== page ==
Cue junior Mirlin Moorefield. At 44, he’s certainly no doe-eyed freshman. He’s worked over 40 jobs, from taxi driver to radio announcer, has lived in nearly 20 different places and has a 23-year-old daughter and a four-year-old grandson. He graduated high school at 16 and began at Averett College (now University) in the fall of 1984. Burnt out, he slacked off his first year and dropped out until 2009 when he started at MCC. After transferring to Finger Lakes Community College (FLCC) he enrolled at UR this past August as well. Stocked with an unassuming southern twang, he is candid about his experiences as a non-traditional student.

Although Moorefield is glad to be at UR, he has a number of gripes about how the University treats its non-traditional students.

“[These] types of students, few as they are, are as important as our other students,” he said.

Among the frustrations Moorefield has encountered since arriving at UR have been finding appropriate on-campus housing, having to wait until orientation to register for classes ­— given that he had to find a job as well in order to support himself — and an orientation lacking in many activities geared toward transfer students.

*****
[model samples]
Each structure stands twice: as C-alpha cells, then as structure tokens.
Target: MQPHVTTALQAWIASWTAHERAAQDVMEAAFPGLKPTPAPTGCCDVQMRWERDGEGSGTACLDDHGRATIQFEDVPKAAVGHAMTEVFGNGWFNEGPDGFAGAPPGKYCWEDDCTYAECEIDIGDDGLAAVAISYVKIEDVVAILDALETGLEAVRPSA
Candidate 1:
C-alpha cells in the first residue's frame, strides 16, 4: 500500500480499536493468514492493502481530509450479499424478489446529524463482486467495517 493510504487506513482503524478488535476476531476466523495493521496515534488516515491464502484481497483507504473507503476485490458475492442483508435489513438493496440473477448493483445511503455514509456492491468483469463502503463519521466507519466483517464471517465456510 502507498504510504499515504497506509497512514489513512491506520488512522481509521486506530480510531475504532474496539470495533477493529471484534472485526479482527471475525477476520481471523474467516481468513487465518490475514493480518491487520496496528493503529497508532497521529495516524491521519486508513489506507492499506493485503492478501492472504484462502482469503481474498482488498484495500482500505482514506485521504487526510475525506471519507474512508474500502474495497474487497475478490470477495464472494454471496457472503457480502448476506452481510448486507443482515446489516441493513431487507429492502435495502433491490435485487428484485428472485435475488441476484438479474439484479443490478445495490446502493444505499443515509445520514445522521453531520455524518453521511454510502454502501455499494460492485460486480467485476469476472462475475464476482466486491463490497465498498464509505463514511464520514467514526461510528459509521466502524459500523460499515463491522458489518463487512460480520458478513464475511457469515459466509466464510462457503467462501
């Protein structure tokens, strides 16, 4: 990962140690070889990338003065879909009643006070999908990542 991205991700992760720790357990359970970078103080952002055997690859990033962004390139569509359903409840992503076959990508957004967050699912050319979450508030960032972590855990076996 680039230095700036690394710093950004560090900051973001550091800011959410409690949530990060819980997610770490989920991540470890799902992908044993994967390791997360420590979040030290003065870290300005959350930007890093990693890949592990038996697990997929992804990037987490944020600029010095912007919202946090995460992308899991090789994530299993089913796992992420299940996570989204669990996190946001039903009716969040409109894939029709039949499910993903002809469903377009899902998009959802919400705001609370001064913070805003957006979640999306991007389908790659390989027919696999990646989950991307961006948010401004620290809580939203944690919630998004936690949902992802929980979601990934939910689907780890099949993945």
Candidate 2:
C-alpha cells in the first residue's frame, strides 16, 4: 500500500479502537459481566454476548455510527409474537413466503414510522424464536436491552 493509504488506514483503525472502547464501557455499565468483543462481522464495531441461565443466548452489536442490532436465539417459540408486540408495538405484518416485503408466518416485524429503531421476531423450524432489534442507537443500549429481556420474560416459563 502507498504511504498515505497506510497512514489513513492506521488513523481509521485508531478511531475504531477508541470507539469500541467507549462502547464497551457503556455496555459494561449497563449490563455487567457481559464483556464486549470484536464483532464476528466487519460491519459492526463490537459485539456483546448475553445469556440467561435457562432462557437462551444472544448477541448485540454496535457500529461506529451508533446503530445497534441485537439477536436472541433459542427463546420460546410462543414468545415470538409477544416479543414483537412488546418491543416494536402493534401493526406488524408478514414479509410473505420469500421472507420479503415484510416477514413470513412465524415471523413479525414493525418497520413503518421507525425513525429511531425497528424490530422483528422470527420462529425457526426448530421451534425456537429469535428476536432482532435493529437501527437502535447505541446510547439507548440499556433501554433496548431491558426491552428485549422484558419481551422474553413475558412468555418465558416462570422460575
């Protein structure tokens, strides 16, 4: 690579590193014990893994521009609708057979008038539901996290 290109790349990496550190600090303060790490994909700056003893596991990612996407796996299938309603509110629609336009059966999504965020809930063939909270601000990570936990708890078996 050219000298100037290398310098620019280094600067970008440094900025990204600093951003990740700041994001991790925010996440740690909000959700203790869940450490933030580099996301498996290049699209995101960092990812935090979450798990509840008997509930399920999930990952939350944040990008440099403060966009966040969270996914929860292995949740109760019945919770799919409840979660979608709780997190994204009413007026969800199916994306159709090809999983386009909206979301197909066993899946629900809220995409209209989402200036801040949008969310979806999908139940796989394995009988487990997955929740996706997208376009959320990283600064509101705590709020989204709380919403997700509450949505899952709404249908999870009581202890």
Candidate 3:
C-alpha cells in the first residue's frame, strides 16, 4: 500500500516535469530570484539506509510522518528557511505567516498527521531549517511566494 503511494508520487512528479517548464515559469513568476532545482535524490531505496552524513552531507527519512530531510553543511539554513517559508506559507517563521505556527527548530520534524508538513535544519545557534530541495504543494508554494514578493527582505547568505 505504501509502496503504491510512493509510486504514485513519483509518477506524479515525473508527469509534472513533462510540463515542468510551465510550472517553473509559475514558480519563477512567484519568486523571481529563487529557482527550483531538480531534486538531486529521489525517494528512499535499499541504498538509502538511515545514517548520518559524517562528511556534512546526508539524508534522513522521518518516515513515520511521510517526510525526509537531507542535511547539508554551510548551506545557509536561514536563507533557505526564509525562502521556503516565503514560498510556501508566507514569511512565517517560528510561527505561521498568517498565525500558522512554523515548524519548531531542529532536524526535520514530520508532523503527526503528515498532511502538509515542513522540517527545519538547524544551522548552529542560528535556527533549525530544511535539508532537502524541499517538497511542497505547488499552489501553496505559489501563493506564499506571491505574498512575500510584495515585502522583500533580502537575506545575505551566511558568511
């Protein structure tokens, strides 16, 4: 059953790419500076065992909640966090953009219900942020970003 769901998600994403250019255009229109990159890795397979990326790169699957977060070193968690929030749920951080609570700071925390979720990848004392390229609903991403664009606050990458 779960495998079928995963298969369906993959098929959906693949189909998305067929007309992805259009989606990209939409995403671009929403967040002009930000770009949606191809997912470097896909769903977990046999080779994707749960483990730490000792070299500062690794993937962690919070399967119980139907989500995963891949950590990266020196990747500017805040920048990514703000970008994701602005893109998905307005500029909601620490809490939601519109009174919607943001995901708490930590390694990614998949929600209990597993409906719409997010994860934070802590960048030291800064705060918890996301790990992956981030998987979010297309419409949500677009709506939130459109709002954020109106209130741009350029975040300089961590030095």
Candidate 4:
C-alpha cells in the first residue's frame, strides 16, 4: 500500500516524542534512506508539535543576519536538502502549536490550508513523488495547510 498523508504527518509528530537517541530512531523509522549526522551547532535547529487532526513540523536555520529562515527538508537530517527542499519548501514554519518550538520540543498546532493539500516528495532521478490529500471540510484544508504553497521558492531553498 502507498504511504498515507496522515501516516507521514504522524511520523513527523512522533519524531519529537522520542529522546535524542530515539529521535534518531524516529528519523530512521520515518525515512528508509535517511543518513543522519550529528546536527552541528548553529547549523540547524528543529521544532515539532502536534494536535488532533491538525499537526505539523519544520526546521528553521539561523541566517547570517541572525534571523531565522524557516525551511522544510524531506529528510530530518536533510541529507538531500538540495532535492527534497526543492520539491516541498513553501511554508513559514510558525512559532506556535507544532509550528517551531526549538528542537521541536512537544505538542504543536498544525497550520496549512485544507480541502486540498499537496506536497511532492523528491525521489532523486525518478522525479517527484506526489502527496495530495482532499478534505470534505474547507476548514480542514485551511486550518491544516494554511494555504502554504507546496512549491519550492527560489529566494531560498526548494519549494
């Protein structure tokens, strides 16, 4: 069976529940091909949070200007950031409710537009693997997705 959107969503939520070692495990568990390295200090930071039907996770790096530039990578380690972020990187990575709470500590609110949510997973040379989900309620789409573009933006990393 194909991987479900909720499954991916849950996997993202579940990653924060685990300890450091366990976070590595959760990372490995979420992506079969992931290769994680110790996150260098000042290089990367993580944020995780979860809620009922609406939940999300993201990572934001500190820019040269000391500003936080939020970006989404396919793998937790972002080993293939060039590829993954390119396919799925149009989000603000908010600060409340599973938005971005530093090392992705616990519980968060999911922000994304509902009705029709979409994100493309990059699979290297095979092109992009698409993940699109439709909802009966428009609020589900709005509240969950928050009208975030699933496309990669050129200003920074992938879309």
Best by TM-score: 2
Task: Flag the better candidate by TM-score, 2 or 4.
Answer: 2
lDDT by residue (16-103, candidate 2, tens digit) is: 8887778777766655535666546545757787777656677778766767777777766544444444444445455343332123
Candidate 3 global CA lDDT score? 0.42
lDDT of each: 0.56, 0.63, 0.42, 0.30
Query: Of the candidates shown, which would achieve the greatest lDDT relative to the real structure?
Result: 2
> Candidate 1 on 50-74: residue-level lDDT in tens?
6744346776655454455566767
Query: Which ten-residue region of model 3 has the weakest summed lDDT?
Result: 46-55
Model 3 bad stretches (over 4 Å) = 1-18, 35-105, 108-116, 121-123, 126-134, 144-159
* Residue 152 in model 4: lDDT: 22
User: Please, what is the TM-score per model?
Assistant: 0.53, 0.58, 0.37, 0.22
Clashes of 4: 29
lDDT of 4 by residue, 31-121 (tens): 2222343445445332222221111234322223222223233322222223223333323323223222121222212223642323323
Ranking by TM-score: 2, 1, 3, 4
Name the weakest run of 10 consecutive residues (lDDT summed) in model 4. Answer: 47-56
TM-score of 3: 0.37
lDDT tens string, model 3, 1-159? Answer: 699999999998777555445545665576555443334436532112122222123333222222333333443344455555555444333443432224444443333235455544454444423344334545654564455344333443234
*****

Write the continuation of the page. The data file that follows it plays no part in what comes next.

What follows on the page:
“I’m not blaming anyone in particular because it’s such an unusual situation, but it got me thinking … there needs to be something here that can help people in my situation — that can give them information,” he said.

Junior Al Karabell, a 21-year-old transfer student from St. Louis Community College-Meramec, a community college in St. Louis, Mo., who was home schooled until he was 16 and entered community college, also had a frustrating experience when he first came to UR.

“Orientation was disgustingly bad,” he said. Although he understands that there are not as many transfer students as incoming freshmen, he still wishes that there had been more events geared toward transfers.

Strachan acknowledges that UR’s integration of non-traditional students is not perfect and that “there would possibly be opportunities for improvement,” but she believes UR is on the right track.

“It’s hard to develop something exactly for everyone, so I think we do a great job at what we do,” she said.

Hence Moorefield’s latest endeavor, which could help benefit students in the same boat as him, Price and Karabell, a club for non-traditional students at UR. He hopes the group will help foster ties between this growing population and the University as well as act as an affinity group for incoming students, many of whom have experienced similar advantages and disadvantages while studying as non-traditional students at UR. The club could also help to create a more accommodating environment for non-traditional students, he explained.